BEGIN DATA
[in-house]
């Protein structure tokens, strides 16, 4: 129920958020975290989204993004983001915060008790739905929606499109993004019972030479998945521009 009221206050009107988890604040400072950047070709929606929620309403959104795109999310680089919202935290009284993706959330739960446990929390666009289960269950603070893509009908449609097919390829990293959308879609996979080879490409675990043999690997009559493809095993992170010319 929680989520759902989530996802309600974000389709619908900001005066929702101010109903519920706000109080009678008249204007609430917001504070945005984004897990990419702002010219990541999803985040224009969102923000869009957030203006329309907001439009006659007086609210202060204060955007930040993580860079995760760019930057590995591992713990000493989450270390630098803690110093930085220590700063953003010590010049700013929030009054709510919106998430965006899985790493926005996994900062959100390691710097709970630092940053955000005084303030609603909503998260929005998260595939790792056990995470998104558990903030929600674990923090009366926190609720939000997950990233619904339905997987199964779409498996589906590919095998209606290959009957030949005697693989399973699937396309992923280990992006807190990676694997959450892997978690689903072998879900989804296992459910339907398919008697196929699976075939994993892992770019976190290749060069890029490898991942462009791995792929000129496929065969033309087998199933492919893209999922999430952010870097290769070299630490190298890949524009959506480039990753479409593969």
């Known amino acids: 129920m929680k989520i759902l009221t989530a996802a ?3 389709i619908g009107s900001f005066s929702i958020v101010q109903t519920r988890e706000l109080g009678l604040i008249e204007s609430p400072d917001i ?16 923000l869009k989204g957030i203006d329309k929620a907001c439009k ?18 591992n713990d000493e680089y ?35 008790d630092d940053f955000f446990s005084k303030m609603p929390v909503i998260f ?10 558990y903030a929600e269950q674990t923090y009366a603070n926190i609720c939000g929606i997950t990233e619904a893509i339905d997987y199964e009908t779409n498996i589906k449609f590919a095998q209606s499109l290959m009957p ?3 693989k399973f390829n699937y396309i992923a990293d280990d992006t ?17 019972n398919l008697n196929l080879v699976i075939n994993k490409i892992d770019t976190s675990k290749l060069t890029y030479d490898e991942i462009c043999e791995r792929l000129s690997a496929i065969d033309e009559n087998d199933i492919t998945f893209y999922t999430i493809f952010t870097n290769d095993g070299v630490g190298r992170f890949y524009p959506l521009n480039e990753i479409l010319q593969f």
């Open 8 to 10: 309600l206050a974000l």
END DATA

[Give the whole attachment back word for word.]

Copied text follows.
[in-house]
């Protein structure tokens, strides 16, 4: 129920958020975290989204993004983001915060008790739905929606499109993004019972030479998945521009 009221206050009107988890604040400072950047070709929606929620309403959104795109999310680089919202935290009284993706959330739960446990929390666009289960269950603070893509009908449609097919390829990293959308879609996979080879490409675990043999690997009559493809095993992170010319 929680989520759902989530996802309600974000389709619908900001005066929702101010109903519920706000109080009678008249204007609430917001504070945005984004897990990419702002010219990541999803985040224009969102923000869009957030203006329309907001439009006659007086609210202060204060955007930040993580860079995760760019930057590995591992713990000493989450270390630098803690110093930085220590700063953003010590010049700013929030009054709510919106998430965006899985790493926005996994900062959100390691710097709970630092940053955000005084303030609603909503998260929005998260595939790792056990995470998104558990903030929600674990923090009366926190609720939000997950990233619904339905997987199964779409498996589906590919095998209606290959009957030949005697693989399973699937396309992923280990992006807190990676694997959450892997978690689903072998879900989804296992459910339907398919008697196929699976075939994993892992770019976190290749060069890029490898991942462009791995792929000129496929065969033309087998199933492919893209999922999430952010870097290769070299630490190298890949524009959506480039990753479409593969």
């Known amino acids: 129920m929680k989520i759902l009221t989530a996802a ?3 389709i619908g009107s900001f005066s929702i958020v101010q109903t519920r988890e706000l109080g009678l604040i008249e204007s609430p400072d917001i ?16 923000l869009k989204g957030i203006d329309k929620a907001c439009k ?18 591992n713990d000493e680089y ?35 008790d630092d940053f955000f446990s005084k303030m609603p929390v909503i998260f ?10 558990y903030a929600e269950q674990t923090y009366a603070n926190i609720c939000g929606i997950t990233e619904a893509i339905d997987y199964e009908t779409n498996i589906k449609f590919a095998q209606s499109l290959m009957p ?3 693989k399973f390829n699937y396309i992923a990293d280990d992006t ?17 019972n398919l008697n196929l080879v699976i075939n994993k490409i892992d770019t976190s675990k290749l060069t890029y030479d490898e991942i462009c043999e791995r792929l000129s690997a496929i065969d033309e009559n087998d199933i492919t998945f893209y999922t999430i493809f952010t870097n290769d095993g070299v630490g190298r992170f890949y524009p959506l521009n480039e990753i479409l010319q593969f």
């Open 8 to 10: 309600l206050a974000l």